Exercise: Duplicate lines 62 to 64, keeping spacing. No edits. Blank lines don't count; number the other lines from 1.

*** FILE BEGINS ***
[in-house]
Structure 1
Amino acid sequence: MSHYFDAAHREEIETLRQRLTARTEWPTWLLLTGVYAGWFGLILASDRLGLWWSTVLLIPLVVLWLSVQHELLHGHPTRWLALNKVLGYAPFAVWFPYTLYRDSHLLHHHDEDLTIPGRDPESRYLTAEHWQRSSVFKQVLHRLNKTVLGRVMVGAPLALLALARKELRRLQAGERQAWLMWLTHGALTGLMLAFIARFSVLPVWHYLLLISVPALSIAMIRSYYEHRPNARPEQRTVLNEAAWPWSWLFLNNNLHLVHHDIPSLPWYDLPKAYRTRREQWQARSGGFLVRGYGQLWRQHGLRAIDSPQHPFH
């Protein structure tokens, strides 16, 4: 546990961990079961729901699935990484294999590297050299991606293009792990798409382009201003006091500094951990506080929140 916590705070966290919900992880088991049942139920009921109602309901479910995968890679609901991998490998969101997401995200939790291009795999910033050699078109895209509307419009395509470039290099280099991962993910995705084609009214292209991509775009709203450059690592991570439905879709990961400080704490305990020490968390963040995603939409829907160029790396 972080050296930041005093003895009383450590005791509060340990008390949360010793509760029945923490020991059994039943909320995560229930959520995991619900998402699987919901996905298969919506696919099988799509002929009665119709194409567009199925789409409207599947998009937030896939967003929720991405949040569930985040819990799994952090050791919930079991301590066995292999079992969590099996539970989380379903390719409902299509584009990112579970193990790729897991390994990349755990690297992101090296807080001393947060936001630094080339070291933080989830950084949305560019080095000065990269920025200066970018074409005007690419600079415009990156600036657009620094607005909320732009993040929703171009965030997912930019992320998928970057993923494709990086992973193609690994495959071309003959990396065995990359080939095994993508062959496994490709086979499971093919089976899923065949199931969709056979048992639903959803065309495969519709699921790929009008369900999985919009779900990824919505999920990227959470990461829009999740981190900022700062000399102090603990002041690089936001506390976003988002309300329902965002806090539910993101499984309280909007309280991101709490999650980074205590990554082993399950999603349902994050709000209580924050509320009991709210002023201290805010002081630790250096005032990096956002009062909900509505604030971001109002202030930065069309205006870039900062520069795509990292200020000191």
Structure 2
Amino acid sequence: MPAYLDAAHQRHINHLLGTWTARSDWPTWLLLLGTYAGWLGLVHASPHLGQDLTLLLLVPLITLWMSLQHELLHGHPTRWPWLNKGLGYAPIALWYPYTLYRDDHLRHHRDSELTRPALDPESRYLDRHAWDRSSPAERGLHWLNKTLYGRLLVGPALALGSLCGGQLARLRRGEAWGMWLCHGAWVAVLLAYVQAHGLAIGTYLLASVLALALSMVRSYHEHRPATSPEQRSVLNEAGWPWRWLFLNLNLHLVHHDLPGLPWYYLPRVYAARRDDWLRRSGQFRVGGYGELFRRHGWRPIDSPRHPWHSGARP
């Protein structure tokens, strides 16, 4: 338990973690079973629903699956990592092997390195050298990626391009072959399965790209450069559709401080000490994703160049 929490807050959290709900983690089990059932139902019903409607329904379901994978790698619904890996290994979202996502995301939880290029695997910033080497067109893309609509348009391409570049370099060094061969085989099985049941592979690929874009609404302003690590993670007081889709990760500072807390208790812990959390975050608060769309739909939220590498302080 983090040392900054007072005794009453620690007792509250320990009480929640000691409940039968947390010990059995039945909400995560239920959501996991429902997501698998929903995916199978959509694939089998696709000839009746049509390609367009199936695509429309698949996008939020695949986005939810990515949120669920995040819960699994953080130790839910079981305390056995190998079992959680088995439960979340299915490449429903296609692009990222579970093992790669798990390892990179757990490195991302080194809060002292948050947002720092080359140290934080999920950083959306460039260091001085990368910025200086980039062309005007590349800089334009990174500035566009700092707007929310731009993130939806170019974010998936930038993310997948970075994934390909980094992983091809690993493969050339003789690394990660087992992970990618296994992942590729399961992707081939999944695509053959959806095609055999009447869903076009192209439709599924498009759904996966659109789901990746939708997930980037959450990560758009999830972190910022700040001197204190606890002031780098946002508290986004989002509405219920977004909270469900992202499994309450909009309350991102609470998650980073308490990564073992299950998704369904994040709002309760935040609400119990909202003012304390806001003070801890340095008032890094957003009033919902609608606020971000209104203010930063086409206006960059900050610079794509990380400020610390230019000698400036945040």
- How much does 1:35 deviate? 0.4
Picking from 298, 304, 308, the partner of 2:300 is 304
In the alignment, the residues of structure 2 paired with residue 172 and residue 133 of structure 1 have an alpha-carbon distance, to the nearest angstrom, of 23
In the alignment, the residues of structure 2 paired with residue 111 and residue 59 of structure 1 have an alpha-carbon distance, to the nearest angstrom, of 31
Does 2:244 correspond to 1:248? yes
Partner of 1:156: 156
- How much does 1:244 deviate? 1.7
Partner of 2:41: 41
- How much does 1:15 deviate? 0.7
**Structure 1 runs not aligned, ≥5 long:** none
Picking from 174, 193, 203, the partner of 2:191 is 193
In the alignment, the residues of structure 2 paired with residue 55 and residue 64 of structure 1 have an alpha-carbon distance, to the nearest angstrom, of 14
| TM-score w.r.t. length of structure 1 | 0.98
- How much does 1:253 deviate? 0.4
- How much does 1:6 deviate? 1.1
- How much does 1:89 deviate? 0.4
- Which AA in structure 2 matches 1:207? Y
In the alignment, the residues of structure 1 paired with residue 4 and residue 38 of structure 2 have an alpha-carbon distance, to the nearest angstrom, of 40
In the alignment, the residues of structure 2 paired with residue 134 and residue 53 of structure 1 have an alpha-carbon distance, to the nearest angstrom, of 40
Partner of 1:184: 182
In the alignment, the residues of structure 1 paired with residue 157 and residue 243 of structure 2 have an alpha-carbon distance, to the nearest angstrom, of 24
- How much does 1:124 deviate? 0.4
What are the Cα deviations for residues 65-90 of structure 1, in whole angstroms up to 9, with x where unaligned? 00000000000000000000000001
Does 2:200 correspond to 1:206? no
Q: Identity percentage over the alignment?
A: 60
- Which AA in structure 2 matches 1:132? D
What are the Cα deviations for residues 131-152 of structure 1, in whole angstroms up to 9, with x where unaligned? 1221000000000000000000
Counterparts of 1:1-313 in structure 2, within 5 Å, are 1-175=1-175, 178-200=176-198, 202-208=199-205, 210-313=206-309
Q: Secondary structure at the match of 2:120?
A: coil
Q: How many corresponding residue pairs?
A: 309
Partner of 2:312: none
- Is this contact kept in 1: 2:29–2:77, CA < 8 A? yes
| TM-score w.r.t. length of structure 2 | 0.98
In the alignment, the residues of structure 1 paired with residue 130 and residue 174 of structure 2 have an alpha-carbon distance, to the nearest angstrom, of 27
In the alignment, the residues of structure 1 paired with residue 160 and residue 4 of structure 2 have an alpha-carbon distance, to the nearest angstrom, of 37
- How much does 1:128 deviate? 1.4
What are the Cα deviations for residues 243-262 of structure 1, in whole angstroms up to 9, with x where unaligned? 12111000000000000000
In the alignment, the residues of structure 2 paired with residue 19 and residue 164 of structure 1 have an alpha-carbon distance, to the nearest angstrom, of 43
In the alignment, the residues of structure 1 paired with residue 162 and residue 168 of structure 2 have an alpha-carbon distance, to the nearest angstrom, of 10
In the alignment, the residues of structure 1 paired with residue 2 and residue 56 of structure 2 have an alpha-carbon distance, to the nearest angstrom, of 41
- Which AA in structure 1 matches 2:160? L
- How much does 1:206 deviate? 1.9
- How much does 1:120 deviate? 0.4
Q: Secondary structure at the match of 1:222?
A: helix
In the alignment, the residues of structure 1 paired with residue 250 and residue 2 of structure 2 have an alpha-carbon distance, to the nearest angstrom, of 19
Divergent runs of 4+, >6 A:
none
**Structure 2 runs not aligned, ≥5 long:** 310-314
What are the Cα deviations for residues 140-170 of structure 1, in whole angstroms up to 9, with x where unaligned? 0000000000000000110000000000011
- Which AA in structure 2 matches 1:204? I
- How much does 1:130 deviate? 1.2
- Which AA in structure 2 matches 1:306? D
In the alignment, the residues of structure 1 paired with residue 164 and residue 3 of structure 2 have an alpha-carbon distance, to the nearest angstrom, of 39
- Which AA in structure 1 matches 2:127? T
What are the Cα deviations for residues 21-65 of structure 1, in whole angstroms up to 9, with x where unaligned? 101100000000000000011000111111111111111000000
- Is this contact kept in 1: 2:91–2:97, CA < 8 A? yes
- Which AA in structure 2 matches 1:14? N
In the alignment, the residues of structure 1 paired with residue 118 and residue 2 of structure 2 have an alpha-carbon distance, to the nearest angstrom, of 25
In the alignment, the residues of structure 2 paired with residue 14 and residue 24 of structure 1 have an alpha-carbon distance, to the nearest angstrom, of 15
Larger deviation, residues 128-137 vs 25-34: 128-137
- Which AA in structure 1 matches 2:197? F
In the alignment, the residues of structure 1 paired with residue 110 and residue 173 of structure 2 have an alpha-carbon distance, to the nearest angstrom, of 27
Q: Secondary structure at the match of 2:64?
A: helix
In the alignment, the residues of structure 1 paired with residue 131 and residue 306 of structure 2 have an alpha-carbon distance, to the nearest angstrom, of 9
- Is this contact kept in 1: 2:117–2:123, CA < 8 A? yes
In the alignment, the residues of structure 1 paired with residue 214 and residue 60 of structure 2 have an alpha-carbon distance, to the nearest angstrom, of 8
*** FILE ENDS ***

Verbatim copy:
- How much does 1:130 deviate? 1.2
- Which AA in structure 2 matches 1:306? D
In the alignment, the residues of structure 1 paired with residue 164 and residue 3 of structure 2 have an alpha-carbon distance, to the nearest angstrom, of 39